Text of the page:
Knowing approximately how long each piece of climbing gear lasts provides climbers with a general idea of when they may want to start seriously considering replacing their current gear. Some climbers opt to retire their gear after a certain length of time even if it still appears to be in good condition just to be cautious.
In general, most pieces of climbing gear will last a climber between 2 and 5 years with moderate use. The type of gear, quality of its materials, amount of use, care and storage of it, and the environment it is used in all affect how long it will last.
Each type of climbing gear and how long you can expect it to last depend on a wide variety of different factors. This article explains what primarily affects the lifespan of each piece of climbing gear and how long you can expect each item to last depending on how much you use it.
Expected and Maximum Lifespan of Climbing Gear
Each piece of climbing gear will last a climber a different amount of time. No two pieces of gear will have exactly the same lifespan. That said, some gear pieces such as ropes and harnesses are typically used at the same time and made of materials with similar durability materials.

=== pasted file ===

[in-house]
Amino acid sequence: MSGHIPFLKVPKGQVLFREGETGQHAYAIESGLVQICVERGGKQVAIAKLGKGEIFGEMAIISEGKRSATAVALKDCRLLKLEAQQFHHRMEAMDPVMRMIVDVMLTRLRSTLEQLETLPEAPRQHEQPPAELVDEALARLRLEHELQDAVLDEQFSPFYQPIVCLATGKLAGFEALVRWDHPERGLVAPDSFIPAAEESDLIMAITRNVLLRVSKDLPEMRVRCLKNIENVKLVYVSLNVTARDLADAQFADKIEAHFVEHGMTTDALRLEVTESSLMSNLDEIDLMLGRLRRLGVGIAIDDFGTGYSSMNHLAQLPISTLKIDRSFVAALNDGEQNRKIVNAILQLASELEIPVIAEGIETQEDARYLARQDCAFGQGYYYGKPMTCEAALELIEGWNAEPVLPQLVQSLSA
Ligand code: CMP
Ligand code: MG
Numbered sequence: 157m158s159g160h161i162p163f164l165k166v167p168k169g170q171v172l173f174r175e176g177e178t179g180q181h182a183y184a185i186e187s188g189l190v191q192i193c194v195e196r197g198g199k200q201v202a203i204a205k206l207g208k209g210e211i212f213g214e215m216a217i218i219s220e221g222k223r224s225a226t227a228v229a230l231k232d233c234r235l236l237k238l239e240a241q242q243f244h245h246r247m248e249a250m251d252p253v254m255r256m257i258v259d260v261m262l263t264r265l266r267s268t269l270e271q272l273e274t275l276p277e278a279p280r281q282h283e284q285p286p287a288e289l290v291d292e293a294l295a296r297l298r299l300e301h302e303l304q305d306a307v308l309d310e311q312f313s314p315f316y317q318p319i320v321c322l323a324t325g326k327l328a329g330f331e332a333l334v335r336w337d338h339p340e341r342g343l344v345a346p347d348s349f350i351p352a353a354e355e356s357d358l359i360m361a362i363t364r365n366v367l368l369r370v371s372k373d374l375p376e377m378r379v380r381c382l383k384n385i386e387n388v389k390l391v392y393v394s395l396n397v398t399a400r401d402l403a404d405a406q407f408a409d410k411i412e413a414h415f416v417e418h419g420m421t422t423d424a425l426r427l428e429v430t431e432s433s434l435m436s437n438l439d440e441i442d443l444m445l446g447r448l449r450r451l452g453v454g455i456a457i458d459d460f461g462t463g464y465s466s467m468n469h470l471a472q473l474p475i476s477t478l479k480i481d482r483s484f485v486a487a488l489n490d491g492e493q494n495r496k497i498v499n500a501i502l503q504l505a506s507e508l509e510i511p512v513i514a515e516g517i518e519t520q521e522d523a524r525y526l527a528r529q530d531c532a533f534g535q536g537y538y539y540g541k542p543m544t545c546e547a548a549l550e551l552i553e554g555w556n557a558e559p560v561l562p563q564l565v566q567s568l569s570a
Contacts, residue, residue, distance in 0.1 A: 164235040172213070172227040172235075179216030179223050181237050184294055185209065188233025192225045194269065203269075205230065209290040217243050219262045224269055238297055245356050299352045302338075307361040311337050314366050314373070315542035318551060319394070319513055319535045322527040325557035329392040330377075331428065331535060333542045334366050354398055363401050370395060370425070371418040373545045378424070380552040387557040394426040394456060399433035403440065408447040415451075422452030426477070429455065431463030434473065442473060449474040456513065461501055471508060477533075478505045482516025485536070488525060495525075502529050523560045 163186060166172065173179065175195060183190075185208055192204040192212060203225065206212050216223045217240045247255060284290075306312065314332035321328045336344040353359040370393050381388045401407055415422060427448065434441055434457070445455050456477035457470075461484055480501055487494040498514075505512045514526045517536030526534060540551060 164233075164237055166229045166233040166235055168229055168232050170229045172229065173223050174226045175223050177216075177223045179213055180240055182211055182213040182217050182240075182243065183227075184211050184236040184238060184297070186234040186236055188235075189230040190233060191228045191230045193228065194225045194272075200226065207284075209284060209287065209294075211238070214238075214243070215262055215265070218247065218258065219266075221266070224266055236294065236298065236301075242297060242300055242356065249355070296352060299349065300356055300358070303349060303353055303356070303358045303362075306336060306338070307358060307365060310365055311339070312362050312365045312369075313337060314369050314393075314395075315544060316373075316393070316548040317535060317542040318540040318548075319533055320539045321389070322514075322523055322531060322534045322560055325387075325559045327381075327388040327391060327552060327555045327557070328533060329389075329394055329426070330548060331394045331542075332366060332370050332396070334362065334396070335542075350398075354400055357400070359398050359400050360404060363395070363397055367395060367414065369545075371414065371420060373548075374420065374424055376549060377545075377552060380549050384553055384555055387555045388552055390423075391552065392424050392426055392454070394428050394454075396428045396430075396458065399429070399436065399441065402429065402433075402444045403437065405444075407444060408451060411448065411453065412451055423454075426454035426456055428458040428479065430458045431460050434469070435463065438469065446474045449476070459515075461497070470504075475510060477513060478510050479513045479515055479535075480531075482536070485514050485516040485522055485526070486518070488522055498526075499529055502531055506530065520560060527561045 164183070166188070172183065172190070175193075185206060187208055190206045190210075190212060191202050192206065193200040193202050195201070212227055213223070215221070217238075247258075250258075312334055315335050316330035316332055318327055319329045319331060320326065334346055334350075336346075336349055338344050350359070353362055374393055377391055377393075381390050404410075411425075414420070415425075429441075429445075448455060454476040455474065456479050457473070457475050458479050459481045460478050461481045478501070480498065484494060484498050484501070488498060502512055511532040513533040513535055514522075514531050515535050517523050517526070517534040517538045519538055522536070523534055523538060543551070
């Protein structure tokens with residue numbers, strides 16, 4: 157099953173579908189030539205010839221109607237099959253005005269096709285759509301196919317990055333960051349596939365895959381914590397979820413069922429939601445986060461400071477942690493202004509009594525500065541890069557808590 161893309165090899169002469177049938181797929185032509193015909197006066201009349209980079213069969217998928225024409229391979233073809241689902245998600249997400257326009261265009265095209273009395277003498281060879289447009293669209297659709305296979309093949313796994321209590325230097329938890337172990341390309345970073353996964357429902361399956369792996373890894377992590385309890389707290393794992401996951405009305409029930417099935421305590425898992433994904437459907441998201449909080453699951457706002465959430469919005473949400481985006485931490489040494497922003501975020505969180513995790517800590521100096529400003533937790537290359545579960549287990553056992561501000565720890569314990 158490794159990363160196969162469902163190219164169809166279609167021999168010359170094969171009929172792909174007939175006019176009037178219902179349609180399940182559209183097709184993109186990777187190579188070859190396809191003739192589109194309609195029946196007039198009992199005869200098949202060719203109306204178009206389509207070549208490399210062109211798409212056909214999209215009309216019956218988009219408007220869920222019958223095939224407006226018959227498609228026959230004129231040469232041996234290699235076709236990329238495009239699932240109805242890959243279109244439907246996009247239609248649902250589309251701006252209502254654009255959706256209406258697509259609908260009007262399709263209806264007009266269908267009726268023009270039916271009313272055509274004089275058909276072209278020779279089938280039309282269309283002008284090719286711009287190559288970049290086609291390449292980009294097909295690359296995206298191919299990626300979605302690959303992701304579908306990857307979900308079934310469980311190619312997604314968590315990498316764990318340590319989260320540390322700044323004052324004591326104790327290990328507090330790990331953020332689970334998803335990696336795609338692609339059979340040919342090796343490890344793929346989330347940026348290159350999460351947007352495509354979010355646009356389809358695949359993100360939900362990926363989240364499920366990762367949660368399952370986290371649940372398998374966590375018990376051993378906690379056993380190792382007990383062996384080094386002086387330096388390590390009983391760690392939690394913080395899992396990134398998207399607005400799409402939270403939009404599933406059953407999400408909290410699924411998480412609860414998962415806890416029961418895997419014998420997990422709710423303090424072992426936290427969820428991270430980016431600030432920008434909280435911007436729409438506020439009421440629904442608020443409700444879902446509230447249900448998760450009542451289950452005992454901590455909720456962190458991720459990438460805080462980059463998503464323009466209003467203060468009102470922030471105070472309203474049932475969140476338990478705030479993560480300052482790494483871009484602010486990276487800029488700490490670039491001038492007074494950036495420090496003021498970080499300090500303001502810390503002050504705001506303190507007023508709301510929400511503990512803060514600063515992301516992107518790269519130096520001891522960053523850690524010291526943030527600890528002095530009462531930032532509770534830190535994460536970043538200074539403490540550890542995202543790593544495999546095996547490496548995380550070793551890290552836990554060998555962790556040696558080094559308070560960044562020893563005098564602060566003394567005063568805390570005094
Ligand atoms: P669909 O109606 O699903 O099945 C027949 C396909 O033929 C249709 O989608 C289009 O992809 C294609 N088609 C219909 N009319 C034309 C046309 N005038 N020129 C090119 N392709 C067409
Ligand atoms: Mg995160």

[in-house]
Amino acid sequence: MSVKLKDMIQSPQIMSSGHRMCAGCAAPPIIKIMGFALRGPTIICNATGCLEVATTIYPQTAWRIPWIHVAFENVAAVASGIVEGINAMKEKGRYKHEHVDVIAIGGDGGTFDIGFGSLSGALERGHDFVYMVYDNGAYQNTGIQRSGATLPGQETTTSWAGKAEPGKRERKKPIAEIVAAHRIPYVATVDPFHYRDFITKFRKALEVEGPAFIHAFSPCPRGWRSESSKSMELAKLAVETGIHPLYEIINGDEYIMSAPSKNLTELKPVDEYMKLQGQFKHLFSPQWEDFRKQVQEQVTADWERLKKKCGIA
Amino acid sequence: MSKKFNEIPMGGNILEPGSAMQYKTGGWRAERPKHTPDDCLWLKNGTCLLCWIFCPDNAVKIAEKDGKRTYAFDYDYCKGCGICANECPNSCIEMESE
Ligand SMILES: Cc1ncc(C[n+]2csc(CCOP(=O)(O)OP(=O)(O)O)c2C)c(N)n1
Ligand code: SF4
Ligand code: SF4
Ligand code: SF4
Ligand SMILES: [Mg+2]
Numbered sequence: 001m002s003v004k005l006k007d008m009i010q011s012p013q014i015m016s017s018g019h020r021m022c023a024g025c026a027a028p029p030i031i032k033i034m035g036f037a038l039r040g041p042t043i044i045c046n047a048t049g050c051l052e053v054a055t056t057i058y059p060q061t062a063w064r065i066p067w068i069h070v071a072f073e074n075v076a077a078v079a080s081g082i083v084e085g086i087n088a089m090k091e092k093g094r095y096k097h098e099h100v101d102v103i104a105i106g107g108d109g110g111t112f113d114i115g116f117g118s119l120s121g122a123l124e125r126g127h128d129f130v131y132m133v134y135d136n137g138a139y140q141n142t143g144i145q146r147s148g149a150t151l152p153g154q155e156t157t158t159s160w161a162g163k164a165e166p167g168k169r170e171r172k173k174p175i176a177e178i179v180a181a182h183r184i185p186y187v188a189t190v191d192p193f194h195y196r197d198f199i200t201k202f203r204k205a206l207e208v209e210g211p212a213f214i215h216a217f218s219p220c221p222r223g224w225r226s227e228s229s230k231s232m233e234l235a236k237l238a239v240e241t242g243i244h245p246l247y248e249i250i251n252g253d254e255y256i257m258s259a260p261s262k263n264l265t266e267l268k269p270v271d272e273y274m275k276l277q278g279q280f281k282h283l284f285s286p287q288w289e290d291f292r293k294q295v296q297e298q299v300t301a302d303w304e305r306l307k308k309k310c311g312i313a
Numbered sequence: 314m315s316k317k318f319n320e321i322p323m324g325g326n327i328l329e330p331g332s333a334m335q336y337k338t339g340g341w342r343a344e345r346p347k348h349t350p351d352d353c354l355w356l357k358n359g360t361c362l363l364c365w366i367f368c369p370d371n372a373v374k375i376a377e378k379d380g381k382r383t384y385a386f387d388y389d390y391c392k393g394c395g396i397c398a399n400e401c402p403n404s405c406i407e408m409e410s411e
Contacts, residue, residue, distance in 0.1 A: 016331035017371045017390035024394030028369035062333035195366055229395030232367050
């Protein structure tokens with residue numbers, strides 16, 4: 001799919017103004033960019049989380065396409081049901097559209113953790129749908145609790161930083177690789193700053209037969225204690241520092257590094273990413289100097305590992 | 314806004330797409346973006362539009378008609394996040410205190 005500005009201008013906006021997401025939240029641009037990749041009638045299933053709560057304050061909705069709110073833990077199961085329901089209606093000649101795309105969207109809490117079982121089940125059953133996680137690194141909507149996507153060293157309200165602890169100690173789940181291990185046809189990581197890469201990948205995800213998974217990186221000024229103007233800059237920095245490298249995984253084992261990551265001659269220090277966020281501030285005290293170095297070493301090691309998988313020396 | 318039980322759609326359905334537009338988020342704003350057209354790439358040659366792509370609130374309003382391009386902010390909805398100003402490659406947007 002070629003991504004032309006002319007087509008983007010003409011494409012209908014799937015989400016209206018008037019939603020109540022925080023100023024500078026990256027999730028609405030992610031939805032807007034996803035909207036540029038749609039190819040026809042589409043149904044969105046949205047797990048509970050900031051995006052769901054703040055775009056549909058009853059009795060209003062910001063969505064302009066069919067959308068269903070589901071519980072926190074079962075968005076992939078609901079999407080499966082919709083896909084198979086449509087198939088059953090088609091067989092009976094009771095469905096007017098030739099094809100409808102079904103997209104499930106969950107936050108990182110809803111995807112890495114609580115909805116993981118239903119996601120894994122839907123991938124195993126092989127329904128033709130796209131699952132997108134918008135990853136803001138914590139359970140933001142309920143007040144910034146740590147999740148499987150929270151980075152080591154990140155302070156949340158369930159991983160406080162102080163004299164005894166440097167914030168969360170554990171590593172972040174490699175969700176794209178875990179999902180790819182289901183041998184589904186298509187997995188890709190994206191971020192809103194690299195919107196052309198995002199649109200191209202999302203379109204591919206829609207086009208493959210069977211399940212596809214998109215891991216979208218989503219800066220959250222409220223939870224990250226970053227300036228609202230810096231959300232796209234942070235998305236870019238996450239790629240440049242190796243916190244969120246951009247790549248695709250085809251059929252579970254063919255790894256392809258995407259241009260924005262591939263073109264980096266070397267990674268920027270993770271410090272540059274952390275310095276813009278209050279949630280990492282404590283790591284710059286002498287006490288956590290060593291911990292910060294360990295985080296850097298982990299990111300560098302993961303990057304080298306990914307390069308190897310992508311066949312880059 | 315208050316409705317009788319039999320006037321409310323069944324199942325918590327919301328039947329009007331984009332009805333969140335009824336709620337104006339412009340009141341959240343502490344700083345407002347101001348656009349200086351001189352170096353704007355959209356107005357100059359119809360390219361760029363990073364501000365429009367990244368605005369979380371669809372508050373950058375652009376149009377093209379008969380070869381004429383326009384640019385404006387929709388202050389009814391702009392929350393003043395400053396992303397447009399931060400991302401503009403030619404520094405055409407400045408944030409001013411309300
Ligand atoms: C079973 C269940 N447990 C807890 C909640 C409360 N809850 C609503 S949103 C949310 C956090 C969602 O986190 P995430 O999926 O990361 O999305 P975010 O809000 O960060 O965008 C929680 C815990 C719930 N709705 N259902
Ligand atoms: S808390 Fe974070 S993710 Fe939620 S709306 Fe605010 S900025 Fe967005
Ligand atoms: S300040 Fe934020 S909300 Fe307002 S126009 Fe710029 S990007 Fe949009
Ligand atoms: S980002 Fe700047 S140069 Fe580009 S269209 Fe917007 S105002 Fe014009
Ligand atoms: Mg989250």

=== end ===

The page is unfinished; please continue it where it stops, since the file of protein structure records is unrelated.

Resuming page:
The table below details the expected and maximum lifespan for climbing gear with moderate use (approximately once or twice a week):
|Climbing Equipment||Expected Lifespan |
|Maximum Lifespan |
(Since Date of Manufacturing)
|Shoes||6 to 12 months||20+ years|
|Harness||2 to 3 years||10 years|
|Rope||2 to 3 years||10 years|
|Helmet||10 years||10 years|
|Quickdraws||3 to 5 years||10 years|
|Crash Pad||3 to 5 years||10+ years|
|Approach Shoes||5 to 8 months||20+ years|
|Belay Devices||5 to 10 years||N/A|
|Carabiners||10 to 15 years||N/A|
The expected lifespan listed above for the gear assumes moderate use (about 2 climbing sessions per week) and proper care. Improper care and increased use of the equipment will decrease the expected lifespan above drastically.
The maximum lifespan for the gear is based on information provided by the manufacturers and may change depending on the specific product. Always check the manufacturer’s specifications to know the exact expiration date for your gear.
In general, soft climbing gear such as harnesses and ropes have a shelf life of 10 years since the date of manufacturing. Hard climbing gear such as carabiners and belay devices do not have a shelf life.